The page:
MPs have voted against a proposal to scrap the controversial HS2 rail project, with construction now expected to begin in 2017 after a group of Tory rebels failed to stop the scheme.
Ministers rejected the proposal from former cabinet minister Cheryl Gillan for the project to be shelved by 451 votes to 50, despite a revolt from 32 Conservative MPs.
Among them was Sir John Randall, MP for Uxbridge and South Ruislip, who quoted Churchill, saying that MPs should put country first, constituency second and party third.
“I am not putting my constituency first, but my country, as HS2 will destroy too much of it,” he said.
Some ministers also missed the vote, prime minister David Cameron apparently among them. But with Labour now firm in its support for the project, HS2 seems certain to go ahead.
Some MPs have also argued that only HS2 can provide the increased capacity that UK’s rail lines will need in the future, warning that if the project is scrapped then a similar project will still be required in the future, at a higher cost.
Speaking after the vote, transport secretary Patrick McLoughlin said he planned to see “spades in the ground” by 2017.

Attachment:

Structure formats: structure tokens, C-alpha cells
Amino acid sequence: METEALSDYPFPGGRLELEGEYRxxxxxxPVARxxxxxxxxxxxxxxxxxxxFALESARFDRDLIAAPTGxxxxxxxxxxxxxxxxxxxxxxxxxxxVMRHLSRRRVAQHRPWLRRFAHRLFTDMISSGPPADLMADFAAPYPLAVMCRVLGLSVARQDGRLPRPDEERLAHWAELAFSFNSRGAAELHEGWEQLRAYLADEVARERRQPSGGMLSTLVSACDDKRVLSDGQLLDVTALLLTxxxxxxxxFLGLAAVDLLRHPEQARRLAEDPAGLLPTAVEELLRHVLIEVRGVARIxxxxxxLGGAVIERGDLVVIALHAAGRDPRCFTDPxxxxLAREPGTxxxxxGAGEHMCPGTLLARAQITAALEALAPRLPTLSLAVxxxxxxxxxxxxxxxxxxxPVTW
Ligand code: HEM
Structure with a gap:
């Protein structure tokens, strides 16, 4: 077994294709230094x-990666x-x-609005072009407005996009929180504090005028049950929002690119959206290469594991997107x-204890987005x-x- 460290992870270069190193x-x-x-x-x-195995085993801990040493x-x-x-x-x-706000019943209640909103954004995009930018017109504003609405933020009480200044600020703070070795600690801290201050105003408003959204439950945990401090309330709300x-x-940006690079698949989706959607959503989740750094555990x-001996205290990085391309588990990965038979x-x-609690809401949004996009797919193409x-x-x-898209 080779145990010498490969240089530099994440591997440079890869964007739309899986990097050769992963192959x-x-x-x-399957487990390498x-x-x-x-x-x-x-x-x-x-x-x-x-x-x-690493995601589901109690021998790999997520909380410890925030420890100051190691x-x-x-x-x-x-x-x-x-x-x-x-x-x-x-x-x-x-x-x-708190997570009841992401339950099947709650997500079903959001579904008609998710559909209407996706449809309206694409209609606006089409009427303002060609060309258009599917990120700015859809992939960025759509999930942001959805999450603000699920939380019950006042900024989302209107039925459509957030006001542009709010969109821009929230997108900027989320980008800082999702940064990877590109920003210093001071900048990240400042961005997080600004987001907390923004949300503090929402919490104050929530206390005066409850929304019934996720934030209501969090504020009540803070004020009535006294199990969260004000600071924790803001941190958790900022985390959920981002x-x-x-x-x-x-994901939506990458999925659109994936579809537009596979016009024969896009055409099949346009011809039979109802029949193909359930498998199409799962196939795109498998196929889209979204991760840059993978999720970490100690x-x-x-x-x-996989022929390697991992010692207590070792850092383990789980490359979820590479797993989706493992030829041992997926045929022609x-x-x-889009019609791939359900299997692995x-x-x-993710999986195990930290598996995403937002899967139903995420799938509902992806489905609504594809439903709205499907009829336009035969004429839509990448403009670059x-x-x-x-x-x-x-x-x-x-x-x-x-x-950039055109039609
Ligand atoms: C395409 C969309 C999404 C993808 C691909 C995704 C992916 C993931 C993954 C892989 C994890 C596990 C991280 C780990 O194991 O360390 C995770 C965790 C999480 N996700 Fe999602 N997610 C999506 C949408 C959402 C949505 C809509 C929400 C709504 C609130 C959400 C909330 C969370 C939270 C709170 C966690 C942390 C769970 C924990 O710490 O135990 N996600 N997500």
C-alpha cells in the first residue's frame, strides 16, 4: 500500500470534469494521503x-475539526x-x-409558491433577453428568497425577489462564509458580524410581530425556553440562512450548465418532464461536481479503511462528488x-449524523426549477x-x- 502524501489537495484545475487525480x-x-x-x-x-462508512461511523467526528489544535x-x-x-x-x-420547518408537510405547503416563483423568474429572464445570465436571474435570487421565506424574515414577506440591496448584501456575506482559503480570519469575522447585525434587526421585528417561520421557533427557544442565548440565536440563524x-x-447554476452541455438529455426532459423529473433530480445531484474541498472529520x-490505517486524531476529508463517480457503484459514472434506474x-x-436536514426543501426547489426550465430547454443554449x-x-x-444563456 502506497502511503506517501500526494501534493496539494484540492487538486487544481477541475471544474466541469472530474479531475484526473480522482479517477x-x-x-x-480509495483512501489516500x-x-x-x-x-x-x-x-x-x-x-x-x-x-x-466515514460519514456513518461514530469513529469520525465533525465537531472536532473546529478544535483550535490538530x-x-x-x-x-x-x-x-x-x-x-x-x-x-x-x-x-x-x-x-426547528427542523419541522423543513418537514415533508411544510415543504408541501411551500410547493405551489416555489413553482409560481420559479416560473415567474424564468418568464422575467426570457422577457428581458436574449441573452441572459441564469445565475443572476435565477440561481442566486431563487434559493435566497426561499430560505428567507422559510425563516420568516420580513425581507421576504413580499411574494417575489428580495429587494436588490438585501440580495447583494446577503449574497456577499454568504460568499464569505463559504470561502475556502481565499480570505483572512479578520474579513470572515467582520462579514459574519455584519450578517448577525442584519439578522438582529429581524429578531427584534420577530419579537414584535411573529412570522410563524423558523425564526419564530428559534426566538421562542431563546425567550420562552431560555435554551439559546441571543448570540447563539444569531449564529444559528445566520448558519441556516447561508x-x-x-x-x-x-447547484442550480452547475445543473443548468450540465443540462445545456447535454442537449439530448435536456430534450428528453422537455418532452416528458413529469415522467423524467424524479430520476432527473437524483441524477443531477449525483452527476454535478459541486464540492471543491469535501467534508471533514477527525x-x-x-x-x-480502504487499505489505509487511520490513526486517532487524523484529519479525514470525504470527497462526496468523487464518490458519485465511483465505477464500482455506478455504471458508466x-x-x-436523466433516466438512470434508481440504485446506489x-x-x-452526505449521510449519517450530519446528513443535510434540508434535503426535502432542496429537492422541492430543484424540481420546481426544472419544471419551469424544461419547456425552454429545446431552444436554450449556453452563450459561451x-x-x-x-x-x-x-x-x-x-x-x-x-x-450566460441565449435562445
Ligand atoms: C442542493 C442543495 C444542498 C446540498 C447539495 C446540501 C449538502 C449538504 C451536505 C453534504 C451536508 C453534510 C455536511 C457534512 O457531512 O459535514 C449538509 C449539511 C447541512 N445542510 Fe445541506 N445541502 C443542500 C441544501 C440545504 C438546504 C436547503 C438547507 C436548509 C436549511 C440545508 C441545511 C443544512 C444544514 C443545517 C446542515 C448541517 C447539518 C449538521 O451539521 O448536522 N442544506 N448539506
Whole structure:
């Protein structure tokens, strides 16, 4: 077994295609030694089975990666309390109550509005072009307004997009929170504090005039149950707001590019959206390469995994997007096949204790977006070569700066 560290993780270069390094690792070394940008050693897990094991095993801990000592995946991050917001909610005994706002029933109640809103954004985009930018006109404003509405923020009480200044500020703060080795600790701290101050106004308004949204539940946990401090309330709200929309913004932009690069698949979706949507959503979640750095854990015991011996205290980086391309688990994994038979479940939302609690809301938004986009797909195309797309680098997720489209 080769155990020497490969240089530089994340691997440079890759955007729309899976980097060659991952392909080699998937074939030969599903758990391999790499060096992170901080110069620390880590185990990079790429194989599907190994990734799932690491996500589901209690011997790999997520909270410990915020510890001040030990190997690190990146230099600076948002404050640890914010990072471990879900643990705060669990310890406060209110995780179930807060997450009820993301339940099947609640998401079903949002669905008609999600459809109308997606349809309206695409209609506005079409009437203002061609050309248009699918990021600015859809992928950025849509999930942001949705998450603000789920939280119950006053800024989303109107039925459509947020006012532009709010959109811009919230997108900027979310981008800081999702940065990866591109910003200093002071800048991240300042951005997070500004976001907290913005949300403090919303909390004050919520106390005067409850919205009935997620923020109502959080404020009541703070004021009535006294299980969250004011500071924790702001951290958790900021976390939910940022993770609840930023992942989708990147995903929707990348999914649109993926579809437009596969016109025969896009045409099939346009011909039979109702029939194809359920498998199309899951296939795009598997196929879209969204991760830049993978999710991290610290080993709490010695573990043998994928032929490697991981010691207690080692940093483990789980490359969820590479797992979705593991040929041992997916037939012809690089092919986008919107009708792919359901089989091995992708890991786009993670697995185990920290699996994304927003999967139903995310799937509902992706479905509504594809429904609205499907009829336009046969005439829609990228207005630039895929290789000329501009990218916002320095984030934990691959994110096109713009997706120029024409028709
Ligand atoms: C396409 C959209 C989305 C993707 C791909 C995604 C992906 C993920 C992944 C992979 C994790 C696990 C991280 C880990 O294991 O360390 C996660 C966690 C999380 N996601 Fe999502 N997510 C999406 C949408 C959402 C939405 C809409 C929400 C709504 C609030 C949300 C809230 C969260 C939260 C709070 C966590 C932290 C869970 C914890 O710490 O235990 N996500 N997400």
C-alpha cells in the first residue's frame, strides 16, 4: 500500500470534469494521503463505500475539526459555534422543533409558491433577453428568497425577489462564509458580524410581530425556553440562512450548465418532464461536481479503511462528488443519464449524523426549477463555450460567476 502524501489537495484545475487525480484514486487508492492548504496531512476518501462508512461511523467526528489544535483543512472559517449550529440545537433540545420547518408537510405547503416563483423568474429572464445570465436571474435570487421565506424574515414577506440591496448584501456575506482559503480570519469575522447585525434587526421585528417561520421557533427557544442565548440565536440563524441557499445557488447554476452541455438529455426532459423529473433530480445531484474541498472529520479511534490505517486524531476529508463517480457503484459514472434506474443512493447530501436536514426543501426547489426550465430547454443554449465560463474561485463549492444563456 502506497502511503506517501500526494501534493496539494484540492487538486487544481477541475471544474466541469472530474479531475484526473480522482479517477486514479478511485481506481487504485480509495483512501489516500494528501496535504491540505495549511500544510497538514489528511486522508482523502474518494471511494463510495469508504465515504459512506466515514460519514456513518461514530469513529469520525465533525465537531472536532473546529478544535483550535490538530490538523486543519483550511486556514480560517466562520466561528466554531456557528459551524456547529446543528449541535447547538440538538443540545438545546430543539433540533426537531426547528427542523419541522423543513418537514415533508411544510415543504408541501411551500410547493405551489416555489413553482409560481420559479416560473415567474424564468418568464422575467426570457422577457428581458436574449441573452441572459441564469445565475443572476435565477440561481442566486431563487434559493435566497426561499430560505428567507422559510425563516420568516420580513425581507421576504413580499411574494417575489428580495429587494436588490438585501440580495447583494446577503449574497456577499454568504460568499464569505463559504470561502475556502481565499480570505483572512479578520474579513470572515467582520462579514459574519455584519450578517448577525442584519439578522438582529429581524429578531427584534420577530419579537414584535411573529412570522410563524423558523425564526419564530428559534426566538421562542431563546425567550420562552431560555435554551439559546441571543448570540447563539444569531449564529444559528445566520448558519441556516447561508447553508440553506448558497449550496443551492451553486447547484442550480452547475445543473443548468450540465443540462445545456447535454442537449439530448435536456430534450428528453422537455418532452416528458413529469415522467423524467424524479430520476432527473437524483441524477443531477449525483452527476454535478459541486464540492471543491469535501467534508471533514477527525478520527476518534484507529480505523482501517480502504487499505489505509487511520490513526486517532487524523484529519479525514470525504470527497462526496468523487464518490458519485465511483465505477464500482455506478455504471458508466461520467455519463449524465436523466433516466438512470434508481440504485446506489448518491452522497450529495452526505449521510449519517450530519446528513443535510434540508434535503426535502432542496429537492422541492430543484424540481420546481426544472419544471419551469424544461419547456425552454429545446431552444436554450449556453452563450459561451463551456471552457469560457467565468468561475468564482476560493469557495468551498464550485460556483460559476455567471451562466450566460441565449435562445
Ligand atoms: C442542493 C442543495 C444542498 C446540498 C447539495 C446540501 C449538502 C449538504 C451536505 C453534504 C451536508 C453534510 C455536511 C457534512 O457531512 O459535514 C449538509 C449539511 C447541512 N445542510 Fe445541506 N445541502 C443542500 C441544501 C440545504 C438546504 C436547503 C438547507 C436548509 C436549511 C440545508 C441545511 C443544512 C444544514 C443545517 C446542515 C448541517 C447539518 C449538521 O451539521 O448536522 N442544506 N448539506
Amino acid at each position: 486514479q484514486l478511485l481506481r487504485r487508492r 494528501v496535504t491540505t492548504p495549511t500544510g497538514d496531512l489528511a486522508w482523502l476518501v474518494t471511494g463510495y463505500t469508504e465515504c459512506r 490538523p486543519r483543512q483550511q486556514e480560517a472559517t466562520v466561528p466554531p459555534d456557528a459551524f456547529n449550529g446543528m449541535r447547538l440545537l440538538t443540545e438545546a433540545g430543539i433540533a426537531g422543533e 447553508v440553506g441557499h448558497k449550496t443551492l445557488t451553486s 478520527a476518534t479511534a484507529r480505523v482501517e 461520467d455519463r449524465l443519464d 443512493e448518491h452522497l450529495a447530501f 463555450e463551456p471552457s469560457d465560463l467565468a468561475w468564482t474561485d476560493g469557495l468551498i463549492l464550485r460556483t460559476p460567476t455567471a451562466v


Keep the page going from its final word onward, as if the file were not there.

“HS2 is a once in a generation opportunity to create jobs and develop skills, provide the extra space we need on our rail network for commuters and freight and better connect our biggest cities,” he said.
However, environmental groups have expressed deep concern over the potential impact of HS2 on Britain’s countryside.
Some complained that the official environmental impact assessment of the project demonstrates “a shocking disregard” for England’s wildlife.
The paper revealed that 43 areas of ancient woodland would be threatened by the development, although this figure has now been said to be nearer to 49 by the Woodland Trust.
Opponents have also refuted claims that the rail line will help the UK lower its carbon emissions, as emissions caused by construction of the line are expected to outweigh carbon savings over the first 60 years of the line’s operation.
McLoughlin insisted that he would not dismiss any groups opposing the project.
“We must respect people and try to help meet their concerns,” he said.
These sentiments were not shared by London mayor Boris Johnson, who said, “It’s tragic we have protest groups talking about ‘this ancient woodland’ […] it’s bollocks.
“They’re not campaigning for forests, they’re not campaigning for butterflies. They pretend to be, but what they’re really furious about is that their house prices are getting it.”
Campaigners have furiously rejected such accusations. Joe Rukin, campaign manager of protest group Stop HS2, said, “He clearly isn’t talking about the likes of the Woodland Trust, The Wildlife Trusts or the Green Party.
“The MPs who spoke for HS2 were sickeningly ill-informed, and willing to spout anything they had been told to say,” he added.
“Everyone opposed to HS2 has to keep on fighting.”
Photo: Tom Page via Flickr